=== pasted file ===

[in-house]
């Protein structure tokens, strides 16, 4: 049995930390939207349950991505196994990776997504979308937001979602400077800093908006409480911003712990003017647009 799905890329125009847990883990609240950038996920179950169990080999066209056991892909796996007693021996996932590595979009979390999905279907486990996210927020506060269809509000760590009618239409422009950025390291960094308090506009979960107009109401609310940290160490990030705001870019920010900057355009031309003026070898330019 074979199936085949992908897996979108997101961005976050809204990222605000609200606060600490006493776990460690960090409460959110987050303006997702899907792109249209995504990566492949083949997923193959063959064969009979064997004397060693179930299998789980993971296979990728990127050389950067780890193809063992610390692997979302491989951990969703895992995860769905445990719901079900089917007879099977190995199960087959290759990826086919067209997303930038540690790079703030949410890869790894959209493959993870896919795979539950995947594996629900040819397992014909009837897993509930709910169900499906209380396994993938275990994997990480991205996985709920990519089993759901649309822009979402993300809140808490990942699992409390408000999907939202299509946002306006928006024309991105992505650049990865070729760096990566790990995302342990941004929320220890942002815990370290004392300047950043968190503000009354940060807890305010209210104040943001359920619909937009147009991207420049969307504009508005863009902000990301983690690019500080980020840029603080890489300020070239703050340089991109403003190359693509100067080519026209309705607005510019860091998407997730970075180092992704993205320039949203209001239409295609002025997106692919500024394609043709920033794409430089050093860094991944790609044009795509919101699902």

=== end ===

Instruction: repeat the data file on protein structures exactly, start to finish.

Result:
[in-house]
């Protein structure tokens, strides 16, 4: 049995930390939207349950991505196994990776997504979308937001979602400077800093908006409480911003712990003017647009 799905890329125009847990883990609240950038996920179950169990080999066209056991892909796996007693021996996932590595979009979390999905279907486990996210927020506060269809509000760590009618239409422009950025390291960094308090506009979960107009109401609310940290160490990030705001870019920010900057355009031309003026070898330019 074979199936085949992908897996979108997101961005976050809204990222605000609200606060600490006493776990460690960090409460959110987050303006997702899907792109249209995504990566492949083949997923193959063959064969009979064997004397060693179930299998789980993971296979990728990127050389950067780890193809063992610390692997979302491989951990969703895992995860769905445990719901079900089917007879099977190995199960087959290759990826086919067209997303930038540690790079703030949410890869790894959209493959993870896919795979539950995947594996629900040819397992014909009837897993509930709910169900499906209380396994993938275990994997990480991205996985709920990519089993759901649309822009979402993300809140808490990942699992409390408000999907939202299509946002306006928006024309991105992505650049990865070729760096990566790990995302342990941004929320220890942002815990370290004392300047950043968190503000009354940060807890305010209210104040943001359920619909937009147009991207420049969307504009508005863009902000990301983690690019500080980020840029603080890489300020070239703050340089991109403003190359693509100067080519026209309705607005510019860091998407997730970075180092992704993205320039949203209001239409295609002025997106692919500024394609043709920033794409430089050093860094991944790609044009795509919101699902």